Saturday, June 30, 2018

Right a wrong

She never got it right. No matter how hard she tried. Her cakes tended to implode. She read blogs, checked online videos, consulted friends who were adept bakers - but to no avail. Her cakes ended up being wrong. 

But she wanted to get it right. At least once. She wanted for once for every corner of the house to be invaded with the heavenly smell of baking. Over the weeks she had managed to speak to a colleague who had given her  tricks - sieve the flour, equal amounts of baking powder and bicarbonate of soda, do not open the oven before 20 mins, keep it at the lowest shelf at a low temperature in the oven. Some she knew before some were new. 

As she was walking home from work, inspiration struck. Why not attempt a cake? 

She opened the door, checked the clock, put on the apron. Bowl, sieve, mixer, flour, sugar, oil, butter, eggs, baking powder and soda. It looked like a mini troop had assembled on her kitchen counter. Sleeves rolled, she took the sieve and started to pour the flour. It looked like white rain. The flour gently falling through the sieve onto the bowl. Her nose twitched. Uh! A sneeze was bubbling. In her enthusiasm she had ignored that she was highly allergic to particulate matter. Before she knew the aaaaa became a chooooo. The grip over the vessel of flour loosened and bam! there were  clouds of flour in the room. And a heap of it on the floor. 

So much for baking. Dejected she started packing up. As she was keeping the sugar, inspiration struck again. She kept a pot on the gas burner, poured some clarified butter and poured some jaggery. It started to melt, looking like shining mud. She grated a coconut and roasted it. She mixed the coconut in the jaggery, added a pinch of cardamom. She waited for the mixture to cool. She shaped balls out of the mixture and placed a roasted cashew on each like a kiss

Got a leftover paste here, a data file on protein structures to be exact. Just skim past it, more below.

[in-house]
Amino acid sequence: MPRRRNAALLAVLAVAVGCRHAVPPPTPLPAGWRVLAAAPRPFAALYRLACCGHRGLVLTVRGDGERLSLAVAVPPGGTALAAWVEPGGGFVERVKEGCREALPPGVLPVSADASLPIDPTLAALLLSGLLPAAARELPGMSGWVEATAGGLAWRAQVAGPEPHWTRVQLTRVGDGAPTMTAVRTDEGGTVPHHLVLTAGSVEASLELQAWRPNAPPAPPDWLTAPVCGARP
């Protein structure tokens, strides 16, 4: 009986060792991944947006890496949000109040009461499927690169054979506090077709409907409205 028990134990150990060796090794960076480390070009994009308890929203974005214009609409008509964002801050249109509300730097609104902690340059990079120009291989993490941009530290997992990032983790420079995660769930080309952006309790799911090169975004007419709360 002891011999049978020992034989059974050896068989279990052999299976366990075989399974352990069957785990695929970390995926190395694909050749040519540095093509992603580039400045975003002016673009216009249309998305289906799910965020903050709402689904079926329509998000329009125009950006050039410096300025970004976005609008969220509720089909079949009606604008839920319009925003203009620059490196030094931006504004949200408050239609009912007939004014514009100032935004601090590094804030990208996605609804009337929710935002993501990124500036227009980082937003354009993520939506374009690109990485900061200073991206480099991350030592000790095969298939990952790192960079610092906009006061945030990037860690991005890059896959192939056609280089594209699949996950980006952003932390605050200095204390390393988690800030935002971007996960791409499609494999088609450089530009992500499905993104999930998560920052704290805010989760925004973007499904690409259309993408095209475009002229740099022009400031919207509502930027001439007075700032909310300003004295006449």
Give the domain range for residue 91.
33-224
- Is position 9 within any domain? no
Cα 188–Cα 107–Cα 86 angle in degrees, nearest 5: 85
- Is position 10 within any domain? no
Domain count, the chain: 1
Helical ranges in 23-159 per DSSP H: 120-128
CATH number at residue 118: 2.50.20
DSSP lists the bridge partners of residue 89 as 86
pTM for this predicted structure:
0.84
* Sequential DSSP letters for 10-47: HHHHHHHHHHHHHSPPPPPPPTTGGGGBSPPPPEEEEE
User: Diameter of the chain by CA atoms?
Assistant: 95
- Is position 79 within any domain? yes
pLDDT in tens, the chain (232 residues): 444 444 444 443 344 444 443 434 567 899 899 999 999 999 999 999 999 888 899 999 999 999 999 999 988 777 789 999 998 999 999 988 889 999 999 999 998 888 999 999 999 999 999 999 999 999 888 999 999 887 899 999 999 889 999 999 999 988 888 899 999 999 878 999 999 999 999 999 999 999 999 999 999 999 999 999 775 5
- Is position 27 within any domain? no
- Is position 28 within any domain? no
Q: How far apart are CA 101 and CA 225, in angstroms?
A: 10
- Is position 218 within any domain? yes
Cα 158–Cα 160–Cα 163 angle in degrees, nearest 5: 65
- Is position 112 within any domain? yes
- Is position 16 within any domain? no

This post is a part of Write Over the Weekend, an initiative forIndian Bloggers by BlogAdda.

Monday, June 18, 2018

General updates :D

For the lack of anything better let's go with some general updates.

Chiyaa's half term  got just over a few weeks back. I am not sure if you remember how I was sweating it about her first half term ever. Being so nervous about handling her and Pumpki at home. The first time was a bit of a challenge. But this time it went swimmingly. Being six, she's so much easier now. She's independent, has ways of keeping her self engaged and is catching up mentally. So it's not like being with a little kid. It's more or less like with a young person. She would finish her morning chores, read a few books, play for sometime and then watch some shows on telly. I was loving sitting beside her and working. Then pronto at four we would go and pick Pumpki and then both would wreck havoc in the garden :D It was the most pleasant 5 days I have spent with her. I was so missing her once school started, looking forward to the summer holidays in 6 weeks time. So parents of young kids don't lose hope, it gets easier eventually.